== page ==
Home video changed the world. The cultural and historical impact of the VHS tape was enormous. This film traces the ripples of that impact by examining the myriad aspects of society that were altered by the creation of videotape.
Actor, writer and life-long horror film aficionado Mark Gatiss follows his 'A History of Horror' with this exploration of European horror cinema. Including interviews with directors Dario Argento and Guillermo del Toro amongst others.
A documentary features interviews with filmmakers Neil Marshall ('The Descent', 'Doomsday'), Christopher Smith ('Severance', 'Black Death') and MP Graham Bright as well as rare archive footage featuring James Ferman (director of the BBFC 1975-1999) & Mary Whitehouse. Taking in the explosion of home video, the erosion of civil liberties, the introduction of draconian censorship measures, hysterical press campaigns and the birth of many careers born in blood and videotape, West's documentary also reflects on the influence this peculiar era still exerts on us today. Written by
Available as part of Nucleus Films 3 disc DVD set "Video Nasties: The Definitive Guide". See more »
And I think... the most interesting thing to me is just how little historical memory we have. The next time there's a panic, we won't remember just how stupid the last one was and how people get away with things. And that to me is the most important lesson about this campaign. The evangelicals got away with murder. They got away with fraud. They got away with deceiving people. They now laugh it off and the fact that all these films, almost all these films are now available uncut in the public ...
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Young people nowadays don't know they're born . They want to watch a newly released Hollywood movie ? All they have to do is log on to their parents computer , search around for certain pirate sites and they'll be able to find the latest Hollywood blockbusters . Not so in my day where Rothesay didn't have a cinema from 1976-91 . If you wanted to watch a movie you'd need to take a ferry trip to Wemyss Bay and then a bus to Greenock . Thank goodness for a thing called a video recorder where not only could you record TV shows on to very expensive video tape but could go to a retailer - usually a corner shop that also sold alcohol - and hire a movie to watch . Strangely enough major studios weren't too keen on bringing out major releases . That said no one I knew was interested in major studio pictures , what me and my peers wanted was gore , gore and more gore and the video market was born for this era . If you're middle aged you're still able to name off the top of your head all these legendary "video nasties" you remember from your youth . This documentary featuring film makers , critics , academics and law enforcers take us back to the good old bad days where every film you watched was both stomach churning and laughable at the same time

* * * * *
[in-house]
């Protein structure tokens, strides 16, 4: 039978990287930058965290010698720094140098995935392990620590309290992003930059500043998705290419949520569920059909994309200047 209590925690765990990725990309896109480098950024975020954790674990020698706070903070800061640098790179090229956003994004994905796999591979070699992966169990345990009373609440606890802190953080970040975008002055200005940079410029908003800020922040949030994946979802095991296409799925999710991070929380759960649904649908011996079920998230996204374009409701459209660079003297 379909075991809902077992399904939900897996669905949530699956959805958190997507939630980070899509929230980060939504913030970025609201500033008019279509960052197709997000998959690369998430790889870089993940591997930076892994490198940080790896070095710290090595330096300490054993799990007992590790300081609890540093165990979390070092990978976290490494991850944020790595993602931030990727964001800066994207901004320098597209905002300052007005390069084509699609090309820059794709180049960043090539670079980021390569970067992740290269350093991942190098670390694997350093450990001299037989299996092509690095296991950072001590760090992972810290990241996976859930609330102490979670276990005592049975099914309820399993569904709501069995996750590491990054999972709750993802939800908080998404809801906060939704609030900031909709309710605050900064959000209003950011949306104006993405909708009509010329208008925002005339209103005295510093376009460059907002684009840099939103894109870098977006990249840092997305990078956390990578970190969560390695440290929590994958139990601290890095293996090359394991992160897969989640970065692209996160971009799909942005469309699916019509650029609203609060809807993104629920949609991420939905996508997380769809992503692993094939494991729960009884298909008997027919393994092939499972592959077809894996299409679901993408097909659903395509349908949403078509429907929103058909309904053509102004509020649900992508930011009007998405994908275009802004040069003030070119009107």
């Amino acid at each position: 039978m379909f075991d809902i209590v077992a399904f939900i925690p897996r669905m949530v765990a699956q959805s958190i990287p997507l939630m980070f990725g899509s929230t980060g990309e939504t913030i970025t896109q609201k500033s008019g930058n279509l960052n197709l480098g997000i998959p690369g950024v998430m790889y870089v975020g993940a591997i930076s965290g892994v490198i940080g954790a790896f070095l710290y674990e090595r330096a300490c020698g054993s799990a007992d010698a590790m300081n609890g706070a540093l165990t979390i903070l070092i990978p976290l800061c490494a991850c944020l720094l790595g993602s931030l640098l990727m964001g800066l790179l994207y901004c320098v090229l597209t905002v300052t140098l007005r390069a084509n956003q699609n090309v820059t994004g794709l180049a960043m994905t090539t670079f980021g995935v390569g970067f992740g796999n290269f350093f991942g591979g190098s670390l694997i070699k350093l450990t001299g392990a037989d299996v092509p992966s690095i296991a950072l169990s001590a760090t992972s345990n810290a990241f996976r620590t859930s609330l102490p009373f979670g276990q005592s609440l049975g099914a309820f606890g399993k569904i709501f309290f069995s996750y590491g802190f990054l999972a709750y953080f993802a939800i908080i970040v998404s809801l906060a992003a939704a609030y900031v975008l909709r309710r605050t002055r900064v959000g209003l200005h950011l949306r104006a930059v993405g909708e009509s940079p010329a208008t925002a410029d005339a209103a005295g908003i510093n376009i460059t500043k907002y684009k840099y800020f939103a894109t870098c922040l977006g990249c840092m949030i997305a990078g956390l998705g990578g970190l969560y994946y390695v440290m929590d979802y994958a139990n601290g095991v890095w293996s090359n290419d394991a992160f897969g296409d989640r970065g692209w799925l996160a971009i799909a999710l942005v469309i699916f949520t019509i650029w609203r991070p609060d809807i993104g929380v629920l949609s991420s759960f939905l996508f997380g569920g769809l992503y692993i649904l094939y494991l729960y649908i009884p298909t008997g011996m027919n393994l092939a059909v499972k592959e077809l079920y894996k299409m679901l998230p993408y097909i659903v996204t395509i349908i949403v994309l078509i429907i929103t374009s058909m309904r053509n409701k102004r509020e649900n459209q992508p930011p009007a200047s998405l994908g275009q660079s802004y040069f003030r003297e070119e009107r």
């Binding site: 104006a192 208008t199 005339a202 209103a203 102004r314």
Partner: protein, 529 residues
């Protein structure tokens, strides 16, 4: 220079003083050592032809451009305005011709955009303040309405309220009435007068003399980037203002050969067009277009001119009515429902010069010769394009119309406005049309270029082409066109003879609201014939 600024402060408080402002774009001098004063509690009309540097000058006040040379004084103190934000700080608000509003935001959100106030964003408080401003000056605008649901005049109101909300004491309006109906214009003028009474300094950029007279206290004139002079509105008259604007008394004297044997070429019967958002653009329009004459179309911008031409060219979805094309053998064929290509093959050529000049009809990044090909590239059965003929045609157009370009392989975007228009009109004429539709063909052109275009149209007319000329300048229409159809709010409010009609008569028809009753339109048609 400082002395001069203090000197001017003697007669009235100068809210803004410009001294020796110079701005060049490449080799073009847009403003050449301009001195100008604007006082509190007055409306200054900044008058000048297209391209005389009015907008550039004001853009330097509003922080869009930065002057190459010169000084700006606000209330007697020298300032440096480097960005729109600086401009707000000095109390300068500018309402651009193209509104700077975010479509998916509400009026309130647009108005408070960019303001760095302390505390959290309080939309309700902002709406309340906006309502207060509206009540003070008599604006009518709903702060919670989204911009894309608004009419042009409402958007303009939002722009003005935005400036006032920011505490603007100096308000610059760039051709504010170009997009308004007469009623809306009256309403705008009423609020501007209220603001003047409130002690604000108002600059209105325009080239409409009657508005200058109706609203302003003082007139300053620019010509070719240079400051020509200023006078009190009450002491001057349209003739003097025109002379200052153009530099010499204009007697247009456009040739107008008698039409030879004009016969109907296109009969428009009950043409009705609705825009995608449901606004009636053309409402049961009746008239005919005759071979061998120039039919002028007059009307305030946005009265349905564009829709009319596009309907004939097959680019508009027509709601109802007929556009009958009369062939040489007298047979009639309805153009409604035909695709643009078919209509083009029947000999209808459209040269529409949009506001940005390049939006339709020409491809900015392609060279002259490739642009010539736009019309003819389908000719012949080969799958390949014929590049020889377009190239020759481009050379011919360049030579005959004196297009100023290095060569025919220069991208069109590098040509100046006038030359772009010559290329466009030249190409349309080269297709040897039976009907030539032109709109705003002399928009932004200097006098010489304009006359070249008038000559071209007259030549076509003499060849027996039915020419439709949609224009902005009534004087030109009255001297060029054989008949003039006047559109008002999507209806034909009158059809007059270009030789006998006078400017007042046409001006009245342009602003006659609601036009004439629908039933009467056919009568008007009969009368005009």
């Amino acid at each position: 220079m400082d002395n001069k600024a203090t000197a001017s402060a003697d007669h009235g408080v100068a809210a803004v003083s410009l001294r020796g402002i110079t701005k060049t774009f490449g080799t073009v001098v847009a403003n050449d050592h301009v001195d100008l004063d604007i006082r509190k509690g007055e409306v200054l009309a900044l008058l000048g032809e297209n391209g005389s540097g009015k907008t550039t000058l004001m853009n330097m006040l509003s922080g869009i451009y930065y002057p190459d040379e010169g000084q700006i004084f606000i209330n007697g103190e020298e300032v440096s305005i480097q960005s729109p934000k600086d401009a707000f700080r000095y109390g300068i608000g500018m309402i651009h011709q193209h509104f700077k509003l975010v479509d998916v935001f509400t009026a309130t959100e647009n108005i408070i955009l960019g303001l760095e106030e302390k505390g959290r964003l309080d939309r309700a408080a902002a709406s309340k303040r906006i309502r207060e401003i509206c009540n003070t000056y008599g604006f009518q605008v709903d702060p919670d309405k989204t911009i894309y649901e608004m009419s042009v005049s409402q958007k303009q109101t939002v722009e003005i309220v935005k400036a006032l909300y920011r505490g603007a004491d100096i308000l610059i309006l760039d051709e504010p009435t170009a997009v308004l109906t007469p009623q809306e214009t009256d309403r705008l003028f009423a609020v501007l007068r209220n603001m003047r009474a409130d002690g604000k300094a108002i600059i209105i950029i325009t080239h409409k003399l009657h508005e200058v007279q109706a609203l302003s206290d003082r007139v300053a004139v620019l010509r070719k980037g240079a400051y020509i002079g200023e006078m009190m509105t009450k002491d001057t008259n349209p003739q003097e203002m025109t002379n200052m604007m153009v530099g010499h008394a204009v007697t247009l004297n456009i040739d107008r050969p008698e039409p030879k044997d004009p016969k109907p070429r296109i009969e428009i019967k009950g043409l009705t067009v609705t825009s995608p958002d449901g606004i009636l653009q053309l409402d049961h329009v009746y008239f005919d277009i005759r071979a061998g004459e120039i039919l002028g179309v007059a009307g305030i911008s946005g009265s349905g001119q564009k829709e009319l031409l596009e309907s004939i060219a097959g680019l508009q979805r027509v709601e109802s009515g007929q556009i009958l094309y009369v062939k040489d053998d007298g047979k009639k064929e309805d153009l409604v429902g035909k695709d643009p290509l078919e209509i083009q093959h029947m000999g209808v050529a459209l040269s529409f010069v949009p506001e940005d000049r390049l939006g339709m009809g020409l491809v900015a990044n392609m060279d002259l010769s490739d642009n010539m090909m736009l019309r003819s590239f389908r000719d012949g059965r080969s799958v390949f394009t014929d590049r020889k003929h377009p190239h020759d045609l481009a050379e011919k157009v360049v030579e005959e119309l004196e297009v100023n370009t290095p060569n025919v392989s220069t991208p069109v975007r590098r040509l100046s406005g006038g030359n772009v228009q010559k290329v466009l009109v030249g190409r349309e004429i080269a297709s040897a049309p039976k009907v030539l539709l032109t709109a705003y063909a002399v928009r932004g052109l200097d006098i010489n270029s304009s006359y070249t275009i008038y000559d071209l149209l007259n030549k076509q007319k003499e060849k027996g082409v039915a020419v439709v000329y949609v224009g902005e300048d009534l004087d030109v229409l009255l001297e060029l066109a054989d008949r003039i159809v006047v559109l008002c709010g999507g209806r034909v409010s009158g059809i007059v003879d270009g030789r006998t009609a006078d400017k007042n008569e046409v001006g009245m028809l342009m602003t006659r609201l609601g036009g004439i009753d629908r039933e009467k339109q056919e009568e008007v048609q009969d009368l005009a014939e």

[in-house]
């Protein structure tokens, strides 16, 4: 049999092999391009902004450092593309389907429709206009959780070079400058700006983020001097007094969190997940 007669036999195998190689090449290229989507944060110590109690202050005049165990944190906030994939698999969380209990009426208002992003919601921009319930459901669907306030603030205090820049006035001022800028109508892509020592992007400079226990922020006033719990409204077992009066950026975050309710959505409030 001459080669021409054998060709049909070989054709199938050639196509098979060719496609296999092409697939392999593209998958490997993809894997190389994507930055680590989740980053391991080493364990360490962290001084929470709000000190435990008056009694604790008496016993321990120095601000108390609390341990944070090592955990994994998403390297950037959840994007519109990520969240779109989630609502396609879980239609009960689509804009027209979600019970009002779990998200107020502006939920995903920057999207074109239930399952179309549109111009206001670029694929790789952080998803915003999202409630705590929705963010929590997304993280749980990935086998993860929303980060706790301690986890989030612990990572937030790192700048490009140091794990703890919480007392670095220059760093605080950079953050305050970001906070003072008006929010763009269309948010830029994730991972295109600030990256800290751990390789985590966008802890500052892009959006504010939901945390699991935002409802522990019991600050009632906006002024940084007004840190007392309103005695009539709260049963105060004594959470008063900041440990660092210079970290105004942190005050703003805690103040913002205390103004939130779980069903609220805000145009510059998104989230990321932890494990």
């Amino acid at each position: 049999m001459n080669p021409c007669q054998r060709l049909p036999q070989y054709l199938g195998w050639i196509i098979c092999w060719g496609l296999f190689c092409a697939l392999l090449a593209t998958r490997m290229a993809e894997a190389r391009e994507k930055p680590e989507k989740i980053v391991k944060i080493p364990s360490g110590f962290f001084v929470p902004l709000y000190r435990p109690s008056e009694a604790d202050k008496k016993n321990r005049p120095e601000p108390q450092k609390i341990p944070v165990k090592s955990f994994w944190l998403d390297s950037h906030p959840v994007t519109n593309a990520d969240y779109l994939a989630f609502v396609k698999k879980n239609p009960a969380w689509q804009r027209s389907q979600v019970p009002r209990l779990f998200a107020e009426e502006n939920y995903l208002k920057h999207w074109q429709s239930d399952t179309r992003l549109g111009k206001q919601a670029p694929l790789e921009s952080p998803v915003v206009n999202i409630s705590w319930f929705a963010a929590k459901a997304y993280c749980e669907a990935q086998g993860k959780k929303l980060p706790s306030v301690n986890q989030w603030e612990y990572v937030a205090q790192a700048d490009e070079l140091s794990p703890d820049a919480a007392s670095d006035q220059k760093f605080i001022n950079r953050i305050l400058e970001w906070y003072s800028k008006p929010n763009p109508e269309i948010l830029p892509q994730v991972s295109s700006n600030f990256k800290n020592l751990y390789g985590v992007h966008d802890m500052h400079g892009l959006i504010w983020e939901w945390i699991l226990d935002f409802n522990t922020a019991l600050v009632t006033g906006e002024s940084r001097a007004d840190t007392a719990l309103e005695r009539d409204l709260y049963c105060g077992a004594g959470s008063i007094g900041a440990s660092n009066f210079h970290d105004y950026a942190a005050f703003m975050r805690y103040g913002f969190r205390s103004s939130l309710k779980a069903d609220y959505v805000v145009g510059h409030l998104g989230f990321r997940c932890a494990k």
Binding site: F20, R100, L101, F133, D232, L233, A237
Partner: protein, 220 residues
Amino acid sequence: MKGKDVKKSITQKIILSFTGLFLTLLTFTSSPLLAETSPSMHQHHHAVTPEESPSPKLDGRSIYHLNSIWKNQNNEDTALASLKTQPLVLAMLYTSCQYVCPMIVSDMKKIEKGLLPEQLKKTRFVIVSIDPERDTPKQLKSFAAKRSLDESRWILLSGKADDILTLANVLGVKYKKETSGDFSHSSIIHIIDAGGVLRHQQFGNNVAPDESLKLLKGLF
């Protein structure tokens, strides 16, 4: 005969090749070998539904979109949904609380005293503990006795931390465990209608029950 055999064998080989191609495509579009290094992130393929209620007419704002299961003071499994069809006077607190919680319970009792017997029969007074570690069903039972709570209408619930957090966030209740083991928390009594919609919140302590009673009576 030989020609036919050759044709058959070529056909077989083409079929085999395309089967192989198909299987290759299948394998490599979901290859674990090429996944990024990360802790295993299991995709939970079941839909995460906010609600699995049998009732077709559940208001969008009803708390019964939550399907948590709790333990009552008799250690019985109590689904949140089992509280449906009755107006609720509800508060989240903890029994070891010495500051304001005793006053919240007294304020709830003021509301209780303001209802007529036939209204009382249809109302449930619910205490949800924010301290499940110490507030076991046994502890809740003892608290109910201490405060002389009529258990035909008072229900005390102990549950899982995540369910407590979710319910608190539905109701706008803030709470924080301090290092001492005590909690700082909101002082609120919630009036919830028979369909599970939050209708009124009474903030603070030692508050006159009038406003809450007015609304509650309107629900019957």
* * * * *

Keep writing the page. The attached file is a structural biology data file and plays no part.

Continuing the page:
The documentary wastes no time in showing the audience what the films that gained so much notoriety were and we see an alphabetical countdown of the 72 films that made the banned list . I was somewhat surprised as to how many of these films I saw back in the day . Perhaps even more surprisingly is how many such as ZOMBIE FLESH EATERS , THE EVIL DEAD and DRILLER KILLER actually turned up on satellite or network television years later . There's also a great nod to nostalgia and director Jake West shows the audience by tweaking he picture just how bad these videos looked on a visual level , many of which were third or fourth generation copies with the video heads clogged up with dust and the picture and sound constantly breaking up . Of course it didn't seem so bad at the time , but it's a good nostalgia trip for those who remember these days before DVDs came on the market with their cinematic picture quality and shows the youngsters today that what they were missing wasn't much
People are quick to look for scapegoats . Usually it's Jews who get the blame for everything but in Britain in the early 1980s it was video nasties . There never seemed to be a criminal case appearing in a daily tabloid involving a violent murder that wasn't solely blamed on a video nasty . Very soon the usual suspects of Mary Whitehouse and her acolytes backed up by right wing Tory MPs and the Daily Mail were running around the countryside with pitchforks and flaming torches looking for not only videotapes to burn but the obscene , subhuman degenerates who were selling them . If you're wondering why the police weren't bothered about arresting paedophile BBC personalities or members of parliament in the early 1980s that's because they were down the station getting overtime to slurp coffee while watching a video to see if it matched the criteria as an obscene film . Not only were those films on the banned list being confiscated from video stores but also any title that had a dodgy title like THE BIG RED ONE and APOCALYPSE NOW . Stop laughing at the back because in those days video retailers were being jailed or heavily fined for hiring out films on the banned list . As it turned out due to an oversight the video recordings act of 1983 wasn't actually enshrined in law so it turned out the retailers were jailed or fined illegally
This is a really interesting documentary and a warning what happens when politicians get caught up in hysteria being driven the small but noisy clique in pressure groups and the media . It also gives a window on to the world of the early 1980s . It's also probably the only documentary you will see where QUATERMASS AND THE PIT and video nasty gets mentioned in the same breath !
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